Come on baby… And we had no fear And we ran to him… Then they started to fly They looked backward and said goodbye We had become like they are, We had taken his hand We had become like they are. . .Roeser
Ok, so sitting down this morning thinking about writing another bit about rolling seems somehow over-cooked. It’s not like 10,000 people have not written everything there is to write about rolling a kayak. And it’s certainly true that there is no new methods to rolling. However, at least for me, there has been a bit of an epiphany in teaching a roll. As I mentioned in a previous post I had some time to watch a friend teach and I suddenly went "Whaaaa???". I felt like I was coming out of the stone age.
At first glance it’s so stupid. Teach someone an extended paddle roll first. How tough is that? Ah, But wait. We don’t do that! We teach a proper C to C or Sweep. Right? Ok. Maybe, but. . hmm. . . The thing about learning the extended roll first is that all that extra leverage makes up for a whole bunch of errors. Weak hip-snaps and no head-dink will generally not stop the extended roll. Heck even a diving blade angle will often result in a successful roll. Yes, you do go through the fundementals first. You take time working on hip snaps off your hands, you talk about keeping the head down etc., but within a short time you move right into the complete rolling process itself. Guiding the blade, coaching on the fundements and so forth. The result is that you can potentially give your student a victory in a very short time. As little as 10 minutes I’ve been told. My first try at this had my student rolling in about an hour. No doubt this is a sloppy roll. But still, a successful roll that can be repeated without help from the coach. From these humble beginnings we can start hammering away at those touchstones as it were. Focusing on the fundements to tighten up the roll and smooth it out. Then move on to the sweep or C to C from there. Now that the student has a roll they become confident enough to go practice. Something that I found very hard to do solo. But I’ll get back to that.
Now my first argument against teaching the extended paddle roll first was that we were de-emphasizing the important skills. Hey, they need to learn a good hipsnap, head dink, etc., Otherwise they are never going to have a real "bombproof" roll right? That’s when I started thinking about how I learned to roll.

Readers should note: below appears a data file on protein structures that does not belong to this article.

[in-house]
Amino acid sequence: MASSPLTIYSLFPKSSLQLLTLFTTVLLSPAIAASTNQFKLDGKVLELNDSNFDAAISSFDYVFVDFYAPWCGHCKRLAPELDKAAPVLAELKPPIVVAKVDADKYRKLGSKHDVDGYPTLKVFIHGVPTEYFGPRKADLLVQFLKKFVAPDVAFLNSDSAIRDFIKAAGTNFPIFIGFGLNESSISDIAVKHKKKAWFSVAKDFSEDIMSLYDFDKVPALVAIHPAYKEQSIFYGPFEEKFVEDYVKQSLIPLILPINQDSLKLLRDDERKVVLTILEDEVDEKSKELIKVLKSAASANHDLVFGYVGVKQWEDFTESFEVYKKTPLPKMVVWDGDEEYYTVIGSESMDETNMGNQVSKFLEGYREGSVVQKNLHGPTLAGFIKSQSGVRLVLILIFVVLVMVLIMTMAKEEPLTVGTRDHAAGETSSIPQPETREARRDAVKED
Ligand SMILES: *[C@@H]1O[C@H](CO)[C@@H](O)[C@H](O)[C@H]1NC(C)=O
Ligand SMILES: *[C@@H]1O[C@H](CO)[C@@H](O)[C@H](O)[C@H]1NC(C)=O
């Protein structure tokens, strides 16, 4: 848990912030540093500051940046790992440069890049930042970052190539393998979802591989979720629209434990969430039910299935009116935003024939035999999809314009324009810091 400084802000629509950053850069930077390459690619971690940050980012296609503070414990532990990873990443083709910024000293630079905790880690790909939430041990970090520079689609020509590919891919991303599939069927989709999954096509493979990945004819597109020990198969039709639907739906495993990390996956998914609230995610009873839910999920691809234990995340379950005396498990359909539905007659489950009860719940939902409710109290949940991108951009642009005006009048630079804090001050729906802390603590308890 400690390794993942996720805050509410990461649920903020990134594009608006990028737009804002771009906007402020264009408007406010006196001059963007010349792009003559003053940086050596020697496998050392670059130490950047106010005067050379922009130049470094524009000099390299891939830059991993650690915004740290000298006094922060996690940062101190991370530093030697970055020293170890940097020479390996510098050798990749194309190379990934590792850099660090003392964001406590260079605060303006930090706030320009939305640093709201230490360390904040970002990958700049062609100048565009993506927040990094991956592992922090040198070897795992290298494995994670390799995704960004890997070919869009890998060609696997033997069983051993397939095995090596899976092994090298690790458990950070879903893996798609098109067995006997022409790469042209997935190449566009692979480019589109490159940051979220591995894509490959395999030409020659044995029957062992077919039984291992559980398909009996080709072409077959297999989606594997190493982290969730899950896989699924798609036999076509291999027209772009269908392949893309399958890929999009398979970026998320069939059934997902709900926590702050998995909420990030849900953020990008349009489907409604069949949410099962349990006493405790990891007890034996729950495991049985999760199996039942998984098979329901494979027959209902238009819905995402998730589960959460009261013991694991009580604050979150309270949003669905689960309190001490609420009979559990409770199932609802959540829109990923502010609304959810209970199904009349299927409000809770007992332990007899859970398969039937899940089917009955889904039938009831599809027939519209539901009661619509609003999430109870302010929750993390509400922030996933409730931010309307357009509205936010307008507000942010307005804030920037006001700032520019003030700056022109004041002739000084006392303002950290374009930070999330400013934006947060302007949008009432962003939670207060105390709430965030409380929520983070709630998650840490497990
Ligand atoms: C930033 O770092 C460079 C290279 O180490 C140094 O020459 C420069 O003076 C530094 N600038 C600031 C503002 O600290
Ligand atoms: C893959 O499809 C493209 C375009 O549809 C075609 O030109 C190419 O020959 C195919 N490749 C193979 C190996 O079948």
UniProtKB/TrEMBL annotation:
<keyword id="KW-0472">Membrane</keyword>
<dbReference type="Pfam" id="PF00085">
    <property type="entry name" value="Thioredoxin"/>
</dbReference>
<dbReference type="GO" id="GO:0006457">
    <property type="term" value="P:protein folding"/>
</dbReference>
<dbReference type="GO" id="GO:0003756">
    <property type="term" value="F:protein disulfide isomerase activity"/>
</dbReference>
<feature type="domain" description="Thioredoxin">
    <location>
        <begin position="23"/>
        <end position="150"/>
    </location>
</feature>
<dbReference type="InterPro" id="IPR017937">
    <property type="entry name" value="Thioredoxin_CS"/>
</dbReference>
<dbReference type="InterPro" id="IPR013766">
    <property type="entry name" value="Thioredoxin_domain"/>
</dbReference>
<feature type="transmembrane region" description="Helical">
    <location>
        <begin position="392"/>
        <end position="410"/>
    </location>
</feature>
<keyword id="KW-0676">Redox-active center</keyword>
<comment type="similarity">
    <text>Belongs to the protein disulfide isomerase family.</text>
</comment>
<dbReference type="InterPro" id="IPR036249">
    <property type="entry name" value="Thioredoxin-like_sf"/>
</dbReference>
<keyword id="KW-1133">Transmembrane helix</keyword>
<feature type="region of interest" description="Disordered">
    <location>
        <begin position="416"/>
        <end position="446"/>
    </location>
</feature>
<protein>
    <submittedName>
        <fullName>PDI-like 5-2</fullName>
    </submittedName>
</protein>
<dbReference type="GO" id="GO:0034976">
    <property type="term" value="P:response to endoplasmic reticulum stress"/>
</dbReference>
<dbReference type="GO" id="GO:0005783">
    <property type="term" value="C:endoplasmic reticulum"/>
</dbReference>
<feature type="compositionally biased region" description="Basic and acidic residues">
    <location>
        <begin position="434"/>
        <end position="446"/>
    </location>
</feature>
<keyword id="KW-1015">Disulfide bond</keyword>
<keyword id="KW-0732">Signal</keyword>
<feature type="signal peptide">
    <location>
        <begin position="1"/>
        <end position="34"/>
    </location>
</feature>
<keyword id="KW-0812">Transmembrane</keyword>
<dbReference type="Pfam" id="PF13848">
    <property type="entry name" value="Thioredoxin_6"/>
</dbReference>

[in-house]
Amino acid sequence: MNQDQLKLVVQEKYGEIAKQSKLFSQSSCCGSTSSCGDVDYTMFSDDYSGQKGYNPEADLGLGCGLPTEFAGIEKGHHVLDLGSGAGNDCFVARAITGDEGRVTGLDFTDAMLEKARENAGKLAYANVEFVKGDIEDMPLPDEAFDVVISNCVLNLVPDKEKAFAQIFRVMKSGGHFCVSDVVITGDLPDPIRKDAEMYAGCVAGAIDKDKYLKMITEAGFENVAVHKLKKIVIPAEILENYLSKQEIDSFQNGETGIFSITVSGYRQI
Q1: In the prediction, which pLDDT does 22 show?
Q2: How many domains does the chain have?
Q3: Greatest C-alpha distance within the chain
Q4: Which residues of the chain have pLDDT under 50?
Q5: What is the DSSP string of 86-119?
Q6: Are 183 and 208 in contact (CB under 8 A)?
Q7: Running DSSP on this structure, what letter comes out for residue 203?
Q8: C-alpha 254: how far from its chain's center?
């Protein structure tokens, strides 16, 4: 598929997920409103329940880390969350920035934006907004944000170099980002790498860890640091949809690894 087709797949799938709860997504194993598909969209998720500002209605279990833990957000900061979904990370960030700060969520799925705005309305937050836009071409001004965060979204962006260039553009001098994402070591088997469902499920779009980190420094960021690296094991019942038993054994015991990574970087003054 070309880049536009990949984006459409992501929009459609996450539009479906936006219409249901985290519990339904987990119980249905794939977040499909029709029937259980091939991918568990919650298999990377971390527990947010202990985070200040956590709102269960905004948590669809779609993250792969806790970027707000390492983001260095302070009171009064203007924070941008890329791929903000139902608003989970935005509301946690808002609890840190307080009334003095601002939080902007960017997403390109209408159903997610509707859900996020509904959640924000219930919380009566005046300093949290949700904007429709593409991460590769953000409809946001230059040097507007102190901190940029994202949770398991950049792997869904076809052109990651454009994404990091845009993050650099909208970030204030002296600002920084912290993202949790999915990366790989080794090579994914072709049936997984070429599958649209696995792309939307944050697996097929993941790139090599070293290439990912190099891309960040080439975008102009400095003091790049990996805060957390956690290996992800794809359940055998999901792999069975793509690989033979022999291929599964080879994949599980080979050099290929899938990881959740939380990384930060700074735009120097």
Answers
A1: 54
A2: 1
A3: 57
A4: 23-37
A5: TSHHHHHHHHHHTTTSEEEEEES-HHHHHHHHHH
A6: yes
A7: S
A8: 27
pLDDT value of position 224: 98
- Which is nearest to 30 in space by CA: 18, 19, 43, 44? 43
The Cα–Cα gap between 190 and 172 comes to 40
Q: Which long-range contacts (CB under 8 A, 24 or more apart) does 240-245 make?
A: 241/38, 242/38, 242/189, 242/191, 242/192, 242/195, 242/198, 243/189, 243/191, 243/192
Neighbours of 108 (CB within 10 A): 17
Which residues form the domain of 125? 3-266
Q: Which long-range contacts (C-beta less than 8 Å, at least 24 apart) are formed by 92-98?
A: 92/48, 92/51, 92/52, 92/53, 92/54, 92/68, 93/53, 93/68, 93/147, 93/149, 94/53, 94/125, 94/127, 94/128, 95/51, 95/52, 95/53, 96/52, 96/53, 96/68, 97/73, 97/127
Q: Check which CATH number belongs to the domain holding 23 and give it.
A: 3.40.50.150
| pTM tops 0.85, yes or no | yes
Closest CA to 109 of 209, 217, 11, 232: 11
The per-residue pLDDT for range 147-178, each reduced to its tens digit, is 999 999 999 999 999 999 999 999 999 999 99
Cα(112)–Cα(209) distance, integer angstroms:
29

I was taught the C to C. Heck it was the only option provided by the shop. Most of us know by now that the C to C is considered a strong roll and easy to teach because of it’s very rigid steps. I still consider this my "when-the-*#&$-hits-the-fan" roll. Set Up, Sweep, Hip-Snap. . . Wham!! But "easy to teach" does not mean easy to learn. I spent a full season working on that one. I used a paddle-float attached to the paddle. I took off the skirt so I could easily get back in after each couple failed attempts. I hammered away at blade angles, strong hip-snaps, keeping my head down and all the rest. I was extremely discouraged. I’m sure if it were not for my somewhat dogged nature, I would have just quit. What I did in fact was took another class and 2 private lessons. Finally I got the roll.
So if I teach someone a sloppy extended paddle roll first. . . They . . . have to go home and practice the same exact stuff as I did. The only difference is that they can roll up. They can focus on the skills and not worry so much about the water. I bet the person with that sloppy roll is going to feel much less like a loser than I did for the first few months I spent fruitlessly working on my C to C. They are also going to be building on a foundation as opposed to building "the" foundation. Seems good, but I do have some other concerns as well.
It had been mentioned in our discussions that the paddle could break if torqued wrong. That does seem like a fair concern. I’m sure it could happen. Hopefully as a coach I work with the student on blade angle, etc., I could avoid this issue. But it certainly is a valid argument. But on the other hand I’m probably taking the same risk teaching a student the paddle-float rescue. Especially if I taught the "under the bungies" method. (Which I don’t by the way).
Would a student get too cocky or complacent and think they suddenly have a primary roll? Would they stop learing and just compound bad habits? Would they take unnecessary risks? Well, some would I’m sure. But all you need to do is give some people a paddle and they are already taking stupid risks. I’m not sure that giving someone a quick roll is going to make any difference there.
I am almost willing to go out on a limb and say that an extended paddle roll is not in anyway a primary roll. On the other hand I did see a discussion once where a couple people did have reasonable arguments to support this as a primary roll. I’m not so sure. I can imagine all sorts of situations where the EP roll would not be a good option. But is that a good argument not to start out with it?
It’s the light that makes me queasy. Do I deny someone a roll because I feel they need to learn each step in the chain correctly? That does’nt seem right somehow. But then again. . .
Hmmm, somewhere I hear Yoda saying "do not take the easy path, it leads to the dark side. ."